Apple has issued an urgent update to its iPhone software to shut out spyware that infected users through its iMessage app, allegedly designed by Israeli firm NSO Group.
The malware was able to infect iPhones, MacBooks and iPads by using a malicious PDF file that could force entry onto the phones without it even being opened.
In a security update, Apple said it had fixed the flaw but warned it “may have been actively exploited”.
The spyware was reported by the University of Toronto’s Citizen Lab, which attributed it to NSO Group, an Israeli company that designs software aimed at infiltrating the phones of criminals and terrorists.
However, Citizen Lab and activist groups have claimed the software has been used to target dissidents. They have accused NSO Group of supplying its “Pegasus” software, which was able to infiltrate phones via WhatsApp calls, to authoritarian regimes.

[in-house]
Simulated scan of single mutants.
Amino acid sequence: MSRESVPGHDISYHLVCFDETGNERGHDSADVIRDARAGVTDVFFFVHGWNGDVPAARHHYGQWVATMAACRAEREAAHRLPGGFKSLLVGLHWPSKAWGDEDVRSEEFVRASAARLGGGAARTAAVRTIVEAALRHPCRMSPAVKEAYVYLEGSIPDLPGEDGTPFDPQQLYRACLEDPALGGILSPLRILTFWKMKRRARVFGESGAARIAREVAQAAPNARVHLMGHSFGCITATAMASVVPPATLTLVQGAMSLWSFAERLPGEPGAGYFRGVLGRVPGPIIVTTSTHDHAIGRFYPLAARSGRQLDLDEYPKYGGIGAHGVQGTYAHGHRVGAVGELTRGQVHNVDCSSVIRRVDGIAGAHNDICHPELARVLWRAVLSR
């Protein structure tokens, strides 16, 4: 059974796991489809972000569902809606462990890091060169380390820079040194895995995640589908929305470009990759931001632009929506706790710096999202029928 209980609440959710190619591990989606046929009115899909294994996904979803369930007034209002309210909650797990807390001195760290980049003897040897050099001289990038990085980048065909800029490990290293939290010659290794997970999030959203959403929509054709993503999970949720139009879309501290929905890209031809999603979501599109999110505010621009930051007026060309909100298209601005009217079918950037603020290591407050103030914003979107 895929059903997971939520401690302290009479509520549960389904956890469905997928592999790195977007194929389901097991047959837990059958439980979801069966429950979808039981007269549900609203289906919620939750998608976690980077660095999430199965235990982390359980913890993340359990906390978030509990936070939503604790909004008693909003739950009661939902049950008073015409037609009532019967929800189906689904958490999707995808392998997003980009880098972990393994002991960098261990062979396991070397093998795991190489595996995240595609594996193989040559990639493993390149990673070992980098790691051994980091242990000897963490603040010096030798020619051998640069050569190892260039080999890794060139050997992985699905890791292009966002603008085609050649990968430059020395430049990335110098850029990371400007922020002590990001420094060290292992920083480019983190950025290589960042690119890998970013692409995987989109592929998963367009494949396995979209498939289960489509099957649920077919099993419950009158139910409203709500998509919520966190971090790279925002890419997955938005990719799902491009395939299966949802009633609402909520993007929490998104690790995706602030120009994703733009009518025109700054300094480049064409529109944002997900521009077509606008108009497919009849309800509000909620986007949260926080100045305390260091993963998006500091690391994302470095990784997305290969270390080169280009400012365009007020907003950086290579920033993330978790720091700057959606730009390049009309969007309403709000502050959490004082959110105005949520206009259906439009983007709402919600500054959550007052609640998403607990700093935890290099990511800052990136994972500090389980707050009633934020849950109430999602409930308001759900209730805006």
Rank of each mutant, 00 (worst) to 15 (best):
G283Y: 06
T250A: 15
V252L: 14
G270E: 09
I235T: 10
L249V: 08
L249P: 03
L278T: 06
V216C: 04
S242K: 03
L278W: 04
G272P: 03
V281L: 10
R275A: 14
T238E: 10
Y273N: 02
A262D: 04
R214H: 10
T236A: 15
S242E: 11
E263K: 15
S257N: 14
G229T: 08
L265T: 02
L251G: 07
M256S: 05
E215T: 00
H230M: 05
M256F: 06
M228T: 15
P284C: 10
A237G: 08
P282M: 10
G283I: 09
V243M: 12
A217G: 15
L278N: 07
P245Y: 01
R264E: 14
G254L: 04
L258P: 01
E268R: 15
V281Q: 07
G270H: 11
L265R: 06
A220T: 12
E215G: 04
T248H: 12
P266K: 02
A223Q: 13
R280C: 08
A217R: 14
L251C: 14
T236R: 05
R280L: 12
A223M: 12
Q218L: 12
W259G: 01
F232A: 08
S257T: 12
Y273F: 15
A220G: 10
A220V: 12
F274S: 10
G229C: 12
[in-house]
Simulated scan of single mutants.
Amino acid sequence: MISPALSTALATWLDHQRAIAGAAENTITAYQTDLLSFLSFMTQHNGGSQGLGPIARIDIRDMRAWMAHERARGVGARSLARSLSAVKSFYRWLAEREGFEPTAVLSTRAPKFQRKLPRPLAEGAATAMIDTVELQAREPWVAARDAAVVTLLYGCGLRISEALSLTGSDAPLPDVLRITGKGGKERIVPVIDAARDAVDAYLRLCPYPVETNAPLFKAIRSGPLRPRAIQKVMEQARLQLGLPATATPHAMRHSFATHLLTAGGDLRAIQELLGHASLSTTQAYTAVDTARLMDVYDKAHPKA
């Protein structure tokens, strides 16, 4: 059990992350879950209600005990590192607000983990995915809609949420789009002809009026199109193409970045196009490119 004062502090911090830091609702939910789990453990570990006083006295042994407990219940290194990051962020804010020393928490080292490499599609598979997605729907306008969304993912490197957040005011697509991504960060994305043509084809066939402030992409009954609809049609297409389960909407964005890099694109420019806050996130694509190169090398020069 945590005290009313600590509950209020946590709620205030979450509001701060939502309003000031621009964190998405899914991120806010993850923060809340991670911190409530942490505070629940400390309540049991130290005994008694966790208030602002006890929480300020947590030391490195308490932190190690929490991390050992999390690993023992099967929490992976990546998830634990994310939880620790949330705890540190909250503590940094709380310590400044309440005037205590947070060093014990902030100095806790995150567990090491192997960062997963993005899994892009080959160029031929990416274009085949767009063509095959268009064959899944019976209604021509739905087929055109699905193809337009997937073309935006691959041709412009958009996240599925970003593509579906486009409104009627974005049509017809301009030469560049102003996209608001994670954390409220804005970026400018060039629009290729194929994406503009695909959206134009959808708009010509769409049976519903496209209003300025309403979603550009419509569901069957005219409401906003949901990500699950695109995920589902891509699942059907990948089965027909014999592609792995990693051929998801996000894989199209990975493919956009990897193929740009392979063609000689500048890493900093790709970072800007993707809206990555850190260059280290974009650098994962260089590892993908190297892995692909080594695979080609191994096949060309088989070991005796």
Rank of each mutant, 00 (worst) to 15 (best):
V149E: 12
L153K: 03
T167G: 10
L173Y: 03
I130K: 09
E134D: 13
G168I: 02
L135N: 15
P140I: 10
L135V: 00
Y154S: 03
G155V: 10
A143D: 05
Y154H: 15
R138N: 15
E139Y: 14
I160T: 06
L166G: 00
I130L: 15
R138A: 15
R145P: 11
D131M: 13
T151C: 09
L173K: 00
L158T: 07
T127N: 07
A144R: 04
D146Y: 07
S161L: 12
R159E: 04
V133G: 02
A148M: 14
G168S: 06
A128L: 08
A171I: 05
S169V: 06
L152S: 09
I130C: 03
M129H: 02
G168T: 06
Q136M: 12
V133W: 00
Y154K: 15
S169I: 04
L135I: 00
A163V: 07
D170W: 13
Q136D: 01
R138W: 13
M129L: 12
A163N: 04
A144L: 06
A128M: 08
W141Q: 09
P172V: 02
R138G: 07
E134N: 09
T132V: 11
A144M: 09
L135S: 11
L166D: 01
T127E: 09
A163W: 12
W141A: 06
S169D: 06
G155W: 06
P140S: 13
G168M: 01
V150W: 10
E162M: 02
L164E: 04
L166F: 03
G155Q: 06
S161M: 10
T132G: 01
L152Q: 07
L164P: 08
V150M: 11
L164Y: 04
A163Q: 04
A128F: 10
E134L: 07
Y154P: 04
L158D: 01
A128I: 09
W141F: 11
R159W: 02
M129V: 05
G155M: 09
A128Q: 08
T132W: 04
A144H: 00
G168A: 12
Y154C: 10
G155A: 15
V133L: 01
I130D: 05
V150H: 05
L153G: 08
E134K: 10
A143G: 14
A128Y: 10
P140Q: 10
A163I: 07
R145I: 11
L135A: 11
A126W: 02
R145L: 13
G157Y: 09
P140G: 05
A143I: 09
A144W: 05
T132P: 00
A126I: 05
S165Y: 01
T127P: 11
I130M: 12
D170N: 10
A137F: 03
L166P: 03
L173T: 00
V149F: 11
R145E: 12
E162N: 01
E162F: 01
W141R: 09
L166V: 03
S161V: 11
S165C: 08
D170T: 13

NSO Group said it would "continue to provide intelligence and law enforcement agencies around the world with life saving technologies to fight terror and crime”.
Citizen Lab said it had discovered the virus while analysing the phone of a Saudi activist infected with NSO’s Pegasus spyware and reported it to Apple on September 7. On Monday, the iPhone maker confirmed the files included a so-called “zero-day” exploit against its smartphone software.
Researchers at Citizen Lab said: “Our finding highlights the paramount importance of securing popular messaging apps. Ubiquitous chat apps have become a major target for the most sophisticated threat actors.”
Ivan Krstić, head of security engineering at Apple, said such attacks were “highly sophisticated, cost millions of dollars to develop, often have a short shelf life and are used to target specific individuals. While that means they are not a threat to the overwhelming majority of our users, we continue to work tirelessly to defend all our customers, and we are constantly adding new protections for their devices and data.”
The revelation comes ahead of Apple’s planned iPhone launch event, which starts later on Tuesday.
Apple’s fixes to the new malware will be included as part of its iOS 14.8 and iPadOS 14.8 software updates.